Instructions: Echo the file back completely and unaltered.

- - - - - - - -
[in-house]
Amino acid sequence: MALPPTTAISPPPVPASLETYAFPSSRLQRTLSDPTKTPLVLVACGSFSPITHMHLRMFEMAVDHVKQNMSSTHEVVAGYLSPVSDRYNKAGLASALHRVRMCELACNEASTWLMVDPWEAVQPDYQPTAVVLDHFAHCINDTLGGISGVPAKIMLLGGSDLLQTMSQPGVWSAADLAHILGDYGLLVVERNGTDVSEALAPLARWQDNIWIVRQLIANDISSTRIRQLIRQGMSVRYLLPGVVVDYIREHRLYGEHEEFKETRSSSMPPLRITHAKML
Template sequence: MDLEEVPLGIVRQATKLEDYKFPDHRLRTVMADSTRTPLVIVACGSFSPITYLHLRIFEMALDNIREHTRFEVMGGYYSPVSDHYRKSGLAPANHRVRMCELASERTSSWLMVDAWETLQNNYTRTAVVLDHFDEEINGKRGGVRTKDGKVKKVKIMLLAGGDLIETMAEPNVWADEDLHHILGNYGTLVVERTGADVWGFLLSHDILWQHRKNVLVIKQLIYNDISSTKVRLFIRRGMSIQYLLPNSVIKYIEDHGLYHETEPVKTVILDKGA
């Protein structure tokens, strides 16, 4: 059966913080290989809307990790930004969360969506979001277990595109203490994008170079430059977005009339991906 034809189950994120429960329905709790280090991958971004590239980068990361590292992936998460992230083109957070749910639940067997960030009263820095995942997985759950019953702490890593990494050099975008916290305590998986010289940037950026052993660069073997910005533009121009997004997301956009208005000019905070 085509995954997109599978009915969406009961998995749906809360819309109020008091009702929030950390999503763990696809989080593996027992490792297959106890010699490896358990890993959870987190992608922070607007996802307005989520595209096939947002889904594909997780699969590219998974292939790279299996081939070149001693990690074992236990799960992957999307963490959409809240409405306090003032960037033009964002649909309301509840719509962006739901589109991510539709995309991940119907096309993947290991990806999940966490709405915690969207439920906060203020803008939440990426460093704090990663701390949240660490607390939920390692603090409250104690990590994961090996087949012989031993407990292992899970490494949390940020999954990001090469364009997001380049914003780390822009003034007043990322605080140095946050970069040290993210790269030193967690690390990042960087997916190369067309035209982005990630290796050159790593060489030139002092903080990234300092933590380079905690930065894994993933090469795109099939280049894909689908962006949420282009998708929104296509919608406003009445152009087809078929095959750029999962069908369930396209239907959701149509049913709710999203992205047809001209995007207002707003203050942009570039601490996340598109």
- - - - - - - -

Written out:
[in-house]
Amino acid sequence: MALPPTTAISPPPVPASLETYAFPSSRLQRTLSDPTKTPLVLVACGSFSPITHMHLRMFEMAVDHVKQNMSSTHEVVAGYLSPVSDRYNKAGLASALHRVRMCELACNEASTWLMVDPWEAVQPDYQPTAVVLDHFAHCINDTLGGISGVPAKIMLLGGSDLLQTMSQPGVWSAADLAHILGDYGLLVVERNGTDVSEALAPLARWQDNIWIVRQLIANDISSTRIRQLIRQGMSVRYLLPGVVVDYIREHRLYGEHEEFKETRSSSMPPLRITHAKML
Template sequence: MDLEEVPLGIVRQATKLEDYKFPDHRLRTVMADSTRTPLVIVACGSFSPITYLHLRIFEMALDNIREHTRFEVMGGYYSPVSDHYRKSGLAPANHRVRMCELASERTSSWLMVDAWETLQNNYTRTAVVLDHFDEEINGKRGGVRTKDGKVKKVKIMLLAGGDLIETMAEPNVWADEDLHHILGNYGTLVVERTGADVWGFLLSHDILWQHRKNVLVIKQLIYNDISSTKVRLFIRRGMSIQYLLPNSVIKYIEDHGLYHETEPVKTVILDKGA
């Protein structure tokens, strides 16, 4: 059966913080290989809307990790930004969360969506979001277990595109203490994008170079430059977005009339991906 034809189950994120429960329905709790280090991958971004590239980068990361590292992936998460992230083109957070749910639940067997960030009263820095995942997985759950019953702490890593990494050099975008916290305590998986010289940037950026052993660069073997910005533009121009997004997301956009208005000019905070 085509995954997109599978009915969406009961998995749906809360819309109020008091009702929030950390999503763990696809989080593996027992490792297959106890010699490896358990890993959870987190992608922070607007996802307005989520595209096939947002889904594909997780699969590219998974292939790279299996081939070149001693990690074992236990799960992957999307963490959409809240409405306090003032960037033009964002649909309301509840719509962006739901589109991510539709995309991940119907096309993947290991990806999940966490709405915690969207439920906060203020803008939440990426460093704090990663701390949240660490607390939920390692603090409250104690990590994961090996087949012989031993407990292992899970490494949390940020999954990001090469364009997001380049914003780390822009003034007043990322605080140095946050970069040290993210790269030193967690690390990042960087997916190369067309035209982005990630290796050159790593060489030139002092903080990234300092933590380079905690930065894994993933090469795109099939280049894909689908962006949420282009998708929104296509919608406003009445152009087809078929095959750029999962069908369930396209239907959701149509049913709710999203992205047809001209995007207002707003203050942009570039601490996340598109």